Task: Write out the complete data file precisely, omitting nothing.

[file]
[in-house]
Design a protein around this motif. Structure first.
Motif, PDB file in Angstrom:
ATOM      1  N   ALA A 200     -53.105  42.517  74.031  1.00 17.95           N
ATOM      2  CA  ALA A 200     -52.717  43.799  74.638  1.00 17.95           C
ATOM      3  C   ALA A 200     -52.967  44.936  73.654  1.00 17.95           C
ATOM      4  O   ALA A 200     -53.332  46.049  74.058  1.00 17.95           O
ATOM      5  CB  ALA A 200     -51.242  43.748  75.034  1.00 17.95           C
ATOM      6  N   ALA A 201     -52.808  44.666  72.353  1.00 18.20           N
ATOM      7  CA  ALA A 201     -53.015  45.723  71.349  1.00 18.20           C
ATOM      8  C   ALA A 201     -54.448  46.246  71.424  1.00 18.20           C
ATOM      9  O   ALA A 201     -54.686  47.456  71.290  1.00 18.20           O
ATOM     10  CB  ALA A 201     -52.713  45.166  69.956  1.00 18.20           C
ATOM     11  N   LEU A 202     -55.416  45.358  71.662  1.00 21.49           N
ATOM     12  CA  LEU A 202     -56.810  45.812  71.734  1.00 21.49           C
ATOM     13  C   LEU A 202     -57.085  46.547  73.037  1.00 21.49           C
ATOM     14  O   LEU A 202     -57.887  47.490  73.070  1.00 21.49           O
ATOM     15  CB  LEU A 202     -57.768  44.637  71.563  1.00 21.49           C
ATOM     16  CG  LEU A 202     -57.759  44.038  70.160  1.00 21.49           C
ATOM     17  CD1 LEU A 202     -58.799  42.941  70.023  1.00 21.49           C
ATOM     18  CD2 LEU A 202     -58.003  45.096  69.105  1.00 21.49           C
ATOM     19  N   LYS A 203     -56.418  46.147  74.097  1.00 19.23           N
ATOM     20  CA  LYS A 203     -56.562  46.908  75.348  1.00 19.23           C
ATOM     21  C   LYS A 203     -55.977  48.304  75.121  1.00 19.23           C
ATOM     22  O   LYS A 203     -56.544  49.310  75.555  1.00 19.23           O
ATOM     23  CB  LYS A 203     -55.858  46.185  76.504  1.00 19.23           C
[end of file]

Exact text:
[in-house]
Design a protein around this motif. Structure first.
Motif, PDB file in Angstrom:
ATOM      1  N   ALA A 200     -53.105  42.517  74.031  1.00 17.95           N
ATOM      2  CA  ALA A 200     -52.717  43.799  74.638  1.00 17.95           C
ATOM      3  C   ALA A 200     -52.967  44.936  73.654  1.00 17.95           C
ATOM      4  O   ALA A 200     -53.332  46.049  74.058  1.00 17.95           O
ATOM      5  CB  ALA A 200     -51.242  43.748  75.034  1.00 17.95           C
ATOM      6  N   ALA A 201     -52.808  44.666  72.353  1.00 18.20           N
ATOM      7  CA  ALA A 201     -53.015  45.723  71.349  1.00 18.20           C
ATOM      8  C   ALA A 201     -54.448  46.246  71.424  1.00 18.20           C
ATOM      9  O   ALA A 201     -54.686  47.456  71.290  1.00 18.20           O
ATOM     10  CB  ALA A 201     -52.713  45.166  69.956  1.00 18.20           C
ATOM     11  N   LEU A 202     -55.416  45.358  71.662  1.00 21.49           N
ATOM     12  CA  LEU A 202     -56.810  45.812  71.734  1.00 21.49           C
ATOM     13  C   LEU A 202     -57.085  46.547  73.037  1.00 21.49           C
ATOM     14  O   LEU A 202     -57.887  47.490  73.070  1.00 21.49           O
ATOM     15  CB  LEU A 202     -57.768  44.637  71.563  1.00 21.49           C
ATOM     16  CG  LEU A 202     -57.759  44.038  70.160  1.00 21.49           C
ATOM     17  CD1 LEU A 202     -58.799  42.941  70.023  1.00 21.49           C
ATOM     18  CD2 LEU A 202     -58.003  45.096  69.105  1.00 21.49           C
ATOM     19  N   LYS A 203     -56.418  46.147  74.097  1.00 19.23           N
ATOM     20  CA  LYS A 203     -56.562  46.908  75.348  1.00 19.23           C
ATOM     21  C   LYS A 203     -55.977  48.304  75.121  1.00 19.23           C
ATOM     22  O   LYS A 203     -56.544  49.310  75.555  1.00 19.23           O
ATOM     23  CB  LYS A 203     -55.858  46.185  76.504  1.00 19.23           C